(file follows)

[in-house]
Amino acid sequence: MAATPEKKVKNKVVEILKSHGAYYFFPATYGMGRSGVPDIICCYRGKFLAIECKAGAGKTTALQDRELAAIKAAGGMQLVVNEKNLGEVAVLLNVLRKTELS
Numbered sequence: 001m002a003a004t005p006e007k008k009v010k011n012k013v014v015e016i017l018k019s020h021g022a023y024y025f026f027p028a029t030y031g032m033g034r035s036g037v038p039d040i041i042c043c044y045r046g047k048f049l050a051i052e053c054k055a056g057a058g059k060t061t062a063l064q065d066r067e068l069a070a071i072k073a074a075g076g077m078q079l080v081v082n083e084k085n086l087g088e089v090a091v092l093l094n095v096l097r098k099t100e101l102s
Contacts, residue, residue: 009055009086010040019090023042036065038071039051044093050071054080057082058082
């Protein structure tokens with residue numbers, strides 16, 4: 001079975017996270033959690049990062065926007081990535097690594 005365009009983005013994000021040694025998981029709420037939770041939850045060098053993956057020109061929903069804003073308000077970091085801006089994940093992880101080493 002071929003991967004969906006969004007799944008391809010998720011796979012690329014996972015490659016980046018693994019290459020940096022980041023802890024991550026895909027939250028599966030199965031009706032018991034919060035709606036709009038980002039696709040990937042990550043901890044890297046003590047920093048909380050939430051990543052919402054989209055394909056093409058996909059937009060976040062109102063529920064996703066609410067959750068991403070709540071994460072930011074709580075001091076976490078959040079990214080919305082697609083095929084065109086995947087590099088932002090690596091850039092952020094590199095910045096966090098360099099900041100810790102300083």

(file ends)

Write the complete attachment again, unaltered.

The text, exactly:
[in-house]
Amino acid sequence: MAATPEKKVKNKVVEILKSHGAYYFFPATYGMGRSGVPDIICCYRGKFLAIECKAGAGKTTALQDRELAAIKAAGGMQLVVNEKNLGEVAVLLNVLRKTELS
Numbered sequence: 001m002a003a004t005p006e007k008k009v010k011n012k013v014v015e016i017l018k019s020h021g022a023y024y025f026f027p028a029t030y031g032m033g034r035s036g037v038p039d040i041i042c043c044y045r046g047k048f049l050a051i052e053c054k055a056g057a058g059k060t061t062a063l064q065d066r067e068l069a070a071i072k073a074a075g076g077m078q079l080v081v082n083e084k085n086l087g088e089v090a091v092l093l094n095v096l097r098k099t100e101l102s
Contacts, residue, residue: 009055009086010040019090023042036065038071039051044093050071054080057082058082
């Protein structure tokens with residue numbers, strides 16, 4: 001079975017996270033959690049990062065926007081990535097690594 005365009009983005013994000021040694025998981029709420037939770041939850045060098053993956057020109061929903069804003073308000077970091085801006089994940093992880101080493 002071929003991967004969906006969004007799944008391809010998720011796979012690329014996972015490659016980046018693994019290459020940096022980041023802890024991550026895909027939250028599966030199965031009706032018991034919060035709606036709009038980002039696709040990937042990550043901890044890297046003590047920093048909380050939430051990543052919402054989209055394909056093409058996909059937009060976040062109102063529920064996703066609410067959750068991403070709540071994460072930011074709580075001091076976490078959040079990214080919305082697609083095929084065109086995947087590099088932002090690596091850039092952020094590199095910045096966090098360099099900041100810790102300083």